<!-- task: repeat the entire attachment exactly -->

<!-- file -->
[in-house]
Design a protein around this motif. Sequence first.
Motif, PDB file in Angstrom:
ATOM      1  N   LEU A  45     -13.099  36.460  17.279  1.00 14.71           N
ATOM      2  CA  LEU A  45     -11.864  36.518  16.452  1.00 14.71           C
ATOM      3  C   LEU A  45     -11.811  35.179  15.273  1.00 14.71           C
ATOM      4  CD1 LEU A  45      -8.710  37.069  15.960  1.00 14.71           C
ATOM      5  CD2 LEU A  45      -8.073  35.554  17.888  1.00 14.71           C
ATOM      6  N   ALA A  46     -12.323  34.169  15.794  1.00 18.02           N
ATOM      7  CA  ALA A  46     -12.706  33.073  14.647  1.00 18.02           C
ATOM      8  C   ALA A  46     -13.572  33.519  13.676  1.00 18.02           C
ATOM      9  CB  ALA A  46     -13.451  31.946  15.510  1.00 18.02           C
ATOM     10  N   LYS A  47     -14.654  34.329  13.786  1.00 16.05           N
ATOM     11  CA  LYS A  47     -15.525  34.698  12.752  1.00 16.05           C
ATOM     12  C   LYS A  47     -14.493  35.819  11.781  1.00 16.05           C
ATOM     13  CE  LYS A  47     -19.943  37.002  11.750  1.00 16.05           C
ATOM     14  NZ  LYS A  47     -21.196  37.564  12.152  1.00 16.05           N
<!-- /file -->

[in-house]
Design a protein around this motif. Sequence first.
Motif, PDB file in Angstrom:
ATOM      1  N   LEU A  45     -13.099  36.460  17.279  1.00 14.71           N
ATOM      2  CA  LEU A  45     -11.864  36.518  16.452  1.00 14.71           C
ATOM      3  C   LEU A  45     -11.811  35.179  15.273  1.00 14.71           C
ATOM      4  CD1 LEU A  45      -8.710  37.069  15.960  1.00 14.71           C
ATOM      5  CD2 LEU A  45      -8.073  35.554  17.888  1.00 14.71           C
ATOM      6  N   ALA A  46     -12.323  34.169  15.794  1.00 18.02           N
ATOM      7  CA  ALA A  46     -12.706  33.073  14.647  1.00 18.02           C
ATOM      8  C   ALA A  46     -13.572  33.519  13.676  1.00 18.02           C
ATOM      9  CB  ALA A  46     -13.451  31.946  15.510  1.00 18.02           C
ATOM     10  N   LYS A  47     -14.654  34.329  13.786  1.00 16.05           N
ATOM     11  CA  LYS A  47     -15.525  34.698  12.752  1.00 16.05           C
ATOM     12  C   LYS A  47     -14.493  35.819  11.781  1.00 16.05           C
ATOM     13  CE  LYS A  47     -19.943  37.002  11.750  1.00 16.05           C
ATOM     14  NZ  LYS A  47     -21.196  37.564  12.152  1.00 16.05           N